Would anyone be happy to receive a pregnancy test when they’d ordered condoms? Have you ever tried lining a bin with tinfoil, or made a fresh fruit salad with peach-scented shampoo?
These are just some of the more interesting substitutions that online supermarkets have offered their customers, as revealed by our research into the best and worst supermarkets.
Vegetarians seem to get a particularly raw deal: lots of customers told us about their Quorn mince being replaced by beef mince, and veggie sausages being substituted with pork ones.
And spare a thought for any shoppers watching their weight – one had a salad cruelly replaced with a bar of Dairy Milk.
Worst supermarket fails
Here’s our list of the weirdest substitutions, as told to us by the shoppers who received them:
1. ‘I received a sack of onions when I had ordered a bottle of white wine.’
2. ‘I got extra strong mints in place of beef mince.’
3. ‘I once ordered a pack of condoms for my husband and we received a pregnancy-testing kit – presumably for myself!’
4. ‘Dog food was put in instead of clothes hangers.’
5. ‘I got sent a bar of Dairy Milk instead of a premium salad.’
6. ‘I ordered mayo and had it subbed for window cleaner.’
7. ‘I received nappies instead of toilet paper.’
8. ‘Baby food was replaced with tampons.’
9. ‘I was given a bottle of Chardonnay when I wanted some apple juice.’
10. ‘I ordered gluten-free bread and got dog food.’
11. ‘Tissues substituted for sausages.’
12. ‘They sent tinfoil instead of bin liners.’
13. ‘I asked for a punnet of peaches and they substituted it for peach shampoo.’
Best and worst supermarkets for substitutions
Asda is the worst supermarket for substitutions: nearly half of the Asda customers we surveyed received a substitution in their online shopping in the space of six months. But that doesn’t let the other supermarkets off the hook.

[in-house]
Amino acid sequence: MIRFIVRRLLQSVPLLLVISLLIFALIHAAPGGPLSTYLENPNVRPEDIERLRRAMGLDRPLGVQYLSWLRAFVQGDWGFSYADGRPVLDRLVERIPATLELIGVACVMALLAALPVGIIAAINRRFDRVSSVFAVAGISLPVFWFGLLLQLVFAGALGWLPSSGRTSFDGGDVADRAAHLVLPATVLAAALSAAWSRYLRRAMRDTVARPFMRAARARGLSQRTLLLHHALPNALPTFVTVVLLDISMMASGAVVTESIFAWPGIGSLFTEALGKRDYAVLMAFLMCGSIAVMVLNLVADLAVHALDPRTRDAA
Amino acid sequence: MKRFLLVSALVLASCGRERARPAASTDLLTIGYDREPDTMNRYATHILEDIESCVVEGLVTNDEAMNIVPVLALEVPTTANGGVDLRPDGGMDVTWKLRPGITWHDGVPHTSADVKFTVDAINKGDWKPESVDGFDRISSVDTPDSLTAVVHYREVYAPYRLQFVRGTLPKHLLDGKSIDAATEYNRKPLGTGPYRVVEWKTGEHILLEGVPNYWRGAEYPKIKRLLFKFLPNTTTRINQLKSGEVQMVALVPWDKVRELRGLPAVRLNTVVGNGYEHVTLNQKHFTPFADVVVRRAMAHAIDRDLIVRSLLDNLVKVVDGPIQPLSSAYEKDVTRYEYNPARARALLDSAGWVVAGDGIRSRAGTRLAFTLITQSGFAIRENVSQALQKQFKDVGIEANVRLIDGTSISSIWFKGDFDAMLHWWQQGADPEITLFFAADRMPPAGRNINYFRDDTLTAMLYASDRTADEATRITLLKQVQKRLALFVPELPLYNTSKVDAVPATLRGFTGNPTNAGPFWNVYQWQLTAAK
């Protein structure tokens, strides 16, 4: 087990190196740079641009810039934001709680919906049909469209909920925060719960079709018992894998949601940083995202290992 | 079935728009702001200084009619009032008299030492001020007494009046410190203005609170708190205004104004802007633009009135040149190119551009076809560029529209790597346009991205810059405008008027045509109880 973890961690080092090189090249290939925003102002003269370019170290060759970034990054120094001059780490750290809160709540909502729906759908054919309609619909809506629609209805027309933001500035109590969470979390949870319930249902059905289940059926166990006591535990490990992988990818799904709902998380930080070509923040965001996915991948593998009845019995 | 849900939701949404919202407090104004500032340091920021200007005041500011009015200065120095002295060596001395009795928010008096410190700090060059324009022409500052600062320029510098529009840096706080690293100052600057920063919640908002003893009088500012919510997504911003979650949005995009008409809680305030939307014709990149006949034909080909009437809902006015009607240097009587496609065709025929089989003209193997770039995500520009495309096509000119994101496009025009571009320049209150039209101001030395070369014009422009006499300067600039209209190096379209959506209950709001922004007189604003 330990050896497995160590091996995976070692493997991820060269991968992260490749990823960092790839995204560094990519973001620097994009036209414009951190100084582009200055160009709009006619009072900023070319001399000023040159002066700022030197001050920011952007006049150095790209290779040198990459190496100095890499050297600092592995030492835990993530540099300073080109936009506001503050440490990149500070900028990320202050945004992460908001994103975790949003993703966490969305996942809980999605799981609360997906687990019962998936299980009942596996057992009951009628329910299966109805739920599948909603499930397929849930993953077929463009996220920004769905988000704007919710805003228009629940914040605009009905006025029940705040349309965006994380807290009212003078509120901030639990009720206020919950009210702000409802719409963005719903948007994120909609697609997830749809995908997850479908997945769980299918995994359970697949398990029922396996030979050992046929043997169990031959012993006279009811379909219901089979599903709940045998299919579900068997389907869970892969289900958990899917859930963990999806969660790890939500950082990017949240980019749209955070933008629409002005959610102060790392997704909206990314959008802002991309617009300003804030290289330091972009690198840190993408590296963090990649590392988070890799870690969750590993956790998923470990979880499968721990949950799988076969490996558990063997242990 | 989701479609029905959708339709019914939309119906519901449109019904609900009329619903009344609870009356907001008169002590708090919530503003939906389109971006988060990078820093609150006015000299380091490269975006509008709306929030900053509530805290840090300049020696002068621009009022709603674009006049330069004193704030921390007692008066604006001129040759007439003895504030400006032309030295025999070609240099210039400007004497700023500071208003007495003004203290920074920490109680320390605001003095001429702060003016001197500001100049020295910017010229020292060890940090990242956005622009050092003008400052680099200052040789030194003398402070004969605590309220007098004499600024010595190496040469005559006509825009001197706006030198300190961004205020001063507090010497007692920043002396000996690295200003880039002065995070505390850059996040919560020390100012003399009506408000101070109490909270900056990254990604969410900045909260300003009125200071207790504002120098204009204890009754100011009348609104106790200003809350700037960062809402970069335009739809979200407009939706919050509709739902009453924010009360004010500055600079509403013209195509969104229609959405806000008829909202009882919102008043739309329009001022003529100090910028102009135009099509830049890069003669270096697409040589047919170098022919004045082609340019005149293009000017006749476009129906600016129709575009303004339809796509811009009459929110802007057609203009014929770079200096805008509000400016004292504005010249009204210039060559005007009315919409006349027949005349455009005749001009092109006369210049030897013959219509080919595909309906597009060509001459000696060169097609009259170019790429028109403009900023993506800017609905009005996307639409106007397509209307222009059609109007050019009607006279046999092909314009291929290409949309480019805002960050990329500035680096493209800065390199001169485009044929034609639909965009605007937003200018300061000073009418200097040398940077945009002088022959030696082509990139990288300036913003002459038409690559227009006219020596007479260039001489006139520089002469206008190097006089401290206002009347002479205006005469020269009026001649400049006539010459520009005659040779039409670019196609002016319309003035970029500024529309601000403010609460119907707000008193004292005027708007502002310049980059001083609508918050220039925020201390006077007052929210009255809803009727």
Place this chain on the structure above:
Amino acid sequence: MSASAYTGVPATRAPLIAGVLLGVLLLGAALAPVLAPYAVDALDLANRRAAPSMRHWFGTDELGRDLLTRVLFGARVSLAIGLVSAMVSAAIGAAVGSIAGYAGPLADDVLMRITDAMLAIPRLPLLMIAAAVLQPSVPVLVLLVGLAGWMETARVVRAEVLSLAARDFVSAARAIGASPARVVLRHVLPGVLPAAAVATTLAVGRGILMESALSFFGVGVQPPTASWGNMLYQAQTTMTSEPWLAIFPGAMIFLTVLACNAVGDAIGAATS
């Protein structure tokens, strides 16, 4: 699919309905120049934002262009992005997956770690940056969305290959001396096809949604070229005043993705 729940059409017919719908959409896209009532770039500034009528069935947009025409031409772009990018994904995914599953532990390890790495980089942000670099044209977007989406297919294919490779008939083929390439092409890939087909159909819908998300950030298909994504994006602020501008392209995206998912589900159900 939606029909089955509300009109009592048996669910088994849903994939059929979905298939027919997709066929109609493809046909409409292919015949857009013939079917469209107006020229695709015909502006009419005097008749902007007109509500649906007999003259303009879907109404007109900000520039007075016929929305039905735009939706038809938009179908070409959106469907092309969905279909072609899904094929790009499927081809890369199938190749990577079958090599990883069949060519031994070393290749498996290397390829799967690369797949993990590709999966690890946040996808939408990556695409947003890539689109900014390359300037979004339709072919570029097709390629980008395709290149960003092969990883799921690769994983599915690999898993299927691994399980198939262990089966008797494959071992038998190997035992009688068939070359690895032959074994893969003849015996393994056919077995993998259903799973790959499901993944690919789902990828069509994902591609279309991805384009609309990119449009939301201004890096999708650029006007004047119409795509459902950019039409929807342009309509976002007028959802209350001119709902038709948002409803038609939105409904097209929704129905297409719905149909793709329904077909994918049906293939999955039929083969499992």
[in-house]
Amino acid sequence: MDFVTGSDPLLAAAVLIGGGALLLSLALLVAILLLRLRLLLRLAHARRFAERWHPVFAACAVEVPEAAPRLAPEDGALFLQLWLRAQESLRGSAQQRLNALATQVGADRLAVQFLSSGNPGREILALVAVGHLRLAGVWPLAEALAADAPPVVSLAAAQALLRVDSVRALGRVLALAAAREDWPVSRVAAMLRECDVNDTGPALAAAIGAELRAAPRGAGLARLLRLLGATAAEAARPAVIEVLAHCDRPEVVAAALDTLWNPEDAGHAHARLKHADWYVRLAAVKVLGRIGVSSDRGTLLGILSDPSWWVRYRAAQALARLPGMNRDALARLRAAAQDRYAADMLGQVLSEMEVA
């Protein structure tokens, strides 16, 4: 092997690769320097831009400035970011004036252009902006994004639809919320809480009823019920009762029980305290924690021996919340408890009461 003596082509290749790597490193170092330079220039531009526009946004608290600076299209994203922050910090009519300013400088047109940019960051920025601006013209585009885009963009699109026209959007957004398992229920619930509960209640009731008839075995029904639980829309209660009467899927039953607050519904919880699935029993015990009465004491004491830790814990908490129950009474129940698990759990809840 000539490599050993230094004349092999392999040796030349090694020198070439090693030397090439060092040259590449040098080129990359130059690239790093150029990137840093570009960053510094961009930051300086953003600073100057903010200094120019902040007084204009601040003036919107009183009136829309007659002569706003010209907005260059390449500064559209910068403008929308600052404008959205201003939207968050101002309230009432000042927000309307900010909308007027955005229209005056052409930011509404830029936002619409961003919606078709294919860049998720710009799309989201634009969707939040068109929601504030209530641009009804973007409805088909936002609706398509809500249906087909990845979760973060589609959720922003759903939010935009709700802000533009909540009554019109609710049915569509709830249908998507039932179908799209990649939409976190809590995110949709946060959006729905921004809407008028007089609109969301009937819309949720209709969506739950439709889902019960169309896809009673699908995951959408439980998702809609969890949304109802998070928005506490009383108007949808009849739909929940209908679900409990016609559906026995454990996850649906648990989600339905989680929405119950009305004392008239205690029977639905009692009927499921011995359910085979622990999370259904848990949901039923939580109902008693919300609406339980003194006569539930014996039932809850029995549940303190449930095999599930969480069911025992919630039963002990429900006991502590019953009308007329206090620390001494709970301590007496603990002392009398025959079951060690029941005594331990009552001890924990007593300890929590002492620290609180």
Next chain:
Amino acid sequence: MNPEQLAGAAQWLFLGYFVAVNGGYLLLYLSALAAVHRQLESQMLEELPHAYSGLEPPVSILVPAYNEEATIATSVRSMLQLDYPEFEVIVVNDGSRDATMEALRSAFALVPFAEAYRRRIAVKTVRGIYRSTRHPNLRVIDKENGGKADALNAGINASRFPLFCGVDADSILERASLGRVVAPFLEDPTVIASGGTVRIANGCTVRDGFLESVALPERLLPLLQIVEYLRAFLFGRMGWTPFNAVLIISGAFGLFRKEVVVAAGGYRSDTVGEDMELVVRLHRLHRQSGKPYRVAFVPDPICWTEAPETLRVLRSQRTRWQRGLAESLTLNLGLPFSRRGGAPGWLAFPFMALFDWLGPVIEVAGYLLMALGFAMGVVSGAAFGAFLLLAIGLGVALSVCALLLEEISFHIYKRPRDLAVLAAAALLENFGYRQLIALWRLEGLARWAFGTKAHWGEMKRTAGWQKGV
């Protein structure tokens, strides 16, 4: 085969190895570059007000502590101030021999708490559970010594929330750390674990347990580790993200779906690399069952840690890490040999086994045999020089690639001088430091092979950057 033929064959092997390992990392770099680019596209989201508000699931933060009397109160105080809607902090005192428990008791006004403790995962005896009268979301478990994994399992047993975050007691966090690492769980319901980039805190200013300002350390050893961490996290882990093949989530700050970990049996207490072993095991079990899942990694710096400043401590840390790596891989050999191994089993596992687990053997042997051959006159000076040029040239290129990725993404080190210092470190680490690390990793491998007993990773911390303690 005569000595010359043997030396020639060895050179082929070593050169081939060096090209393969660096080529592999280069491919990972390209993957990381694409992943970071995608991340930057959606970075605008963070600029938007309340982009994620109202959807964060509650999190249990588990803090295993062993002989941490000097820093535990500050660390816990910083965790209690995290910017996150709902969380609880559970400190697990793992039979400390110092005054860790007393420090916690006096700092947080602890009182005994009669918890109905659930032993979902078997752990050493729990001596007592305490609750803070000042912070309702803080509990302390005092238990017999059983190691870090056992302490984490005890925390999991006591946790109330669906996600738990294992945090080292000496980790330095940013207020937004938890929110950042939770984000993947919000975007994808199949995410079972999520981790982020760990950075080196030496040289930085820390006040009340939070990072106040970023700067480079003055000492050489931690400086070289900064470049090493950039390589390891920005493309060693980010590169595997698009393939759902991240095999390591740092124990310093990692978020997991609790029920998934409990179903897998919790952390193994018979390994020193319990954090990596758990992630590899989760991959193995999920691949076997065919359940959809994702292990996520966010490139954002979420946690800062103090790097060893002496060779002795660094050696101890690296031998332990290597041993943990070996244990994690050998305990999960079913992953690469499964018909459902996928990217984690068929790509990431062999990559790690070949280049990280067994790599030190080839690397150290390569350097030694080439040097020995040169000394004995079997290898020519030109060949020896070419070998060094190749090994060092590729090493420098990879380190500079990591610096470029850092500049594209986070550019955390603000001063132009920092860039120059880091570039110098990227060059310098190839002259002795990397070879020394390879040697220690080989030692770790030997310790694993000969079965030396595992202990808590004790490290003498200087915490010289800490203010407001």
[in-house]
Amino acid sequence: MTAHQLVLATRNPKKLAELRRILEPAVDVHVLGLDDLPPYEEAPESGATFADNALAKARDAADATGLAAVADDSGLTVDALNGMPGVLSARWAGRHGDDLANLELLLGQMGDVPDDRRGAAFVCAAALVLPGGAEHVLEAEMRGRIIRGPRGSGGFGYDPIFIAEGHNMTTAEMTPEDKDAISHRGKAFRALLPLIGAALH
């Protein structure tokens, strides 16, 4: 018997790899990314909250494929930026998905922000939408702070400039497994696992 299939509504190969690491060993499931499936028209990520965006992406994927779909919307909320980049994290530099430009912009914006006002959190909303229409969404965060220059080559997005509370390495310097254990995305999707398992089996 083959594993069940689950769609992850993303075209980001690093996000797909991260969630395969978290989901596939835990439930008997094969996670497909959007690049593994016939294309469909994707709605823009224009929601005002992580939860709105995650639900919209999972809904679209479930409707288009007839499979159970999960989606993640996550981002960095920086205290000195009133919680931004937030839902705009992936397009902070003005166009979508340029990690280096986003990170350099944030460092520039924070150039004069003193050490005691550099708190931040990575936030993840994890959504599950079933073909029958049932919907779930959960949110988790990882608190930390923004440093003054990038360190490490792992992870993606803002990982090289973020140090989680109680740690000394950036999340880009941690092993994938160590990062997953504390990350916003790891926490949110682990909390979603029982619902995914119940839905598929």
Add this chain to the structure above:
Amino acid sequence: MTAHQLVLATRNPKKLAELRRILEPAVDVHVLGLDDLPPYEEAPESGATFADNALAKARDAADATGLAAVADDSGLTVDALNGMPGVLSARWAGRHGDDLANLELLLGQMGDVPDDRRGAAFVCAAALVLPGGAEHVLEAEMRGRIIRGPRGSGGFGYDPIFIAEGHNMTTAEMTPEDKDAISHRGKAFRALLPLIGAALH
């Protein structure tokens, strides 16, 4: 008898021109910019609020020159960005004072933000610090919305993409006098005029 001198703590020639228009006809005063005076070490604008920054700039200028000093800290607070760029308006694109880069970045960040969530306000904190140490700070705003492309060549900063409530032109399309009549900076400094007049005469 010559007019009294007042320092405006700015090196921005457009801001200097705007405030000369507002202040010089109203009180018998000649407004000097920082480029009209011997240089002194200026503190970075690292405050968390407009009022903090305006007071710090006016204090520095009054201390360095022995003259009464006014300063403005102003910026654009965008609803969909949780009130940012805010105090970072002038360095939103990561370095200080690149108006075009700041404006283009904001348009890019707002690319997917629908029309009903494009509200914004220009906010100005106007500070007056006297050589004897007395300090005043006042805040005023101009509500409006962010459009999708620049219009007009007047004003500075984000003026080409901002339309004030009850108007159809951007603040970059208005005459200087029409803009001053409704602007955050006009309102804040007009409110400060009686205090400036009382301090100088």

Amazon Fresh, with 37% of customers receiving substitutions, came in second from bottom, while Waitrose Deliver (33%) and Tesco Online (30%) came in third and fourth for grocery swaps.
Our analysis shows that online supermarkets that don’t make many substitutions, or stick to sensible ones, generally tend to get a better customer score in our surveys.
This may go some way to explain why Iceland, the supermarket with the least substitutions, was voted the best online supermarket.
|Shop||Shoppers with subs|
|Amazon Fresh (203)||37%|
Sample size in brackets. Online survey of 7,004 members of the UK general public, Nov-Dec 2016. Based on previous six months.
Which? magazine editor Richard Headland said: ‘Those supermarkets offering an online order service should respect their customers and get their orders right first time.
‘If a substitution is necessary, supermarkets must make sure the alternative that lands on their doorstep is as close to the original product as possible to save disappointment.’